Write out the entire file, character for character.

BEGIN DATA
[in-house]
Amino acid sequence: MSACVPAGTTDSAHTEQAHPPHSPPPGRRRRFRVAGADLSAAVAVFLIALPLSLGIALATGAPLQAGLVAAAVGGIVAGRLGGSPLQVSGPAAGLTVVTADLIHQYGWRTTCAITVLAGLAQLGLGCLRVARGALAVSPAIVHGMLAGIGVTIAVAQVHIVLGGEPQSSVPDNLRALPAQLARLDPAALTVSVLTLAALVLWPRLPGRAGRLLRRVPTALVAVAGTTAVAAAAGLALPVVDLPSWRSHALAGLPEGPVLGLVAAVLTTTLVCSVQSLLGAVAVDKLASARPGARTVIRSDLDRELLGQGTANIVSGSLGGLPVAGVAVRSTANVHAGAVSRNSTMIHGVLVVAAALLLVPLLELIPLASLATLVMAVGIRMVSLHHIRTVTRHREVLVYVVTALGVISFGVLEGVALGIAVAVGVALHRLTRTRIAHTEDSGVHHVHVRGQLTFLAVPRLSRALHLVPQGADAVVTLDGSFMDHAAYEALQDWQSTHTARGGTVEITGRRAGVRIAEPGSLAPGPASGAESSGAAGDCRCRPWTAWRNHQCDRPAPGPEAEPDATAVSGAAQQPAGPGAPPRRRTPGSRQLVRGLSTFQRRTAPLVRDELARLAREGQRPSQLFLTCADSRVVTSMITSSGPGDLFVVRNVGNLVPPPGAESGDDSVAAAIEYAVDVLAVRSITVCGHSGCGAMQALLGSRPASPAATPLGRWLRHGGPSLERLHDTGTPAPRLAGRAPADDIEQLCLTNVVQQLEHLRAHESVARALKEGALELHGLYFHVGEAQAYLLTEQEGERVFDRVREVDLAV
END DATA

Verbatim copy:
[in-house]
Amino acid sequence: MSACVPAGTTDSAHTEQAHPPHSPPPGRRRRFRVAGADLSAAVAVFLIALPLSLGIALATGAPLQAGLVAAAVGGIVAGRLGGSPLQVSGPAAGLTVVTADLIHQYGWRTTCAITVLAGLAQLGLGCLRVARGALAVSPAIVHGMLAGIGVTIAVAQVHIVLGGEPQSSVPDNLRALPAQLARLDPAALTVSVLTLAALVLWPRLPGRAGRLLRRVPTALVAVAGTTAVAAAAGLALPVVDLPSWRSHALAGLPEGPVLGLVAAVLTTTLVCSVQSLLGAVAVDKLASARPGARTVIRSDLDRELLGQGTANIVSGSLGGLPVAGVAVRSTANVHAGAVSRNSTMIHGVLVVAAALLLVPLLELIPLASLATLVMAVGIRMVSLHHIRTVTRHREVLVYVVTALGVISFGVLEGVALGIAVAVGVALHRLTRTRIAHTEDSGVHHVHVRGQLTFLAVPRLSRALHLVPQGADAVVTLDGSFMDHAAYEALQDWQSTHTARGGTVEITGRRAGVRIAEPGSLAPGPASGAESSGAAGDCRCRPWTAWRNHQCDRPAPGPEAEPDATAVSGAAQQPAGPGAPPRRRTPGSRQLVRGLSTFQRRTAPLVRDELARLAREGQRPSQLFLTCADSRVVTSMITSSGPGDLFVVRNVGNLVPPPGAESGDDSVAAAIEYAVDVLAVRSITVCGHSGCGAMQALLGSRPASPAATPLGRWLRHGGPSLERLHDTGTPAPRLAGRAPADDIEQLCLTNVVQQLEHLRAHESVARALKEGALELHGLYFHVGEAQAYLLTEQEGERVFDRVREVDLAV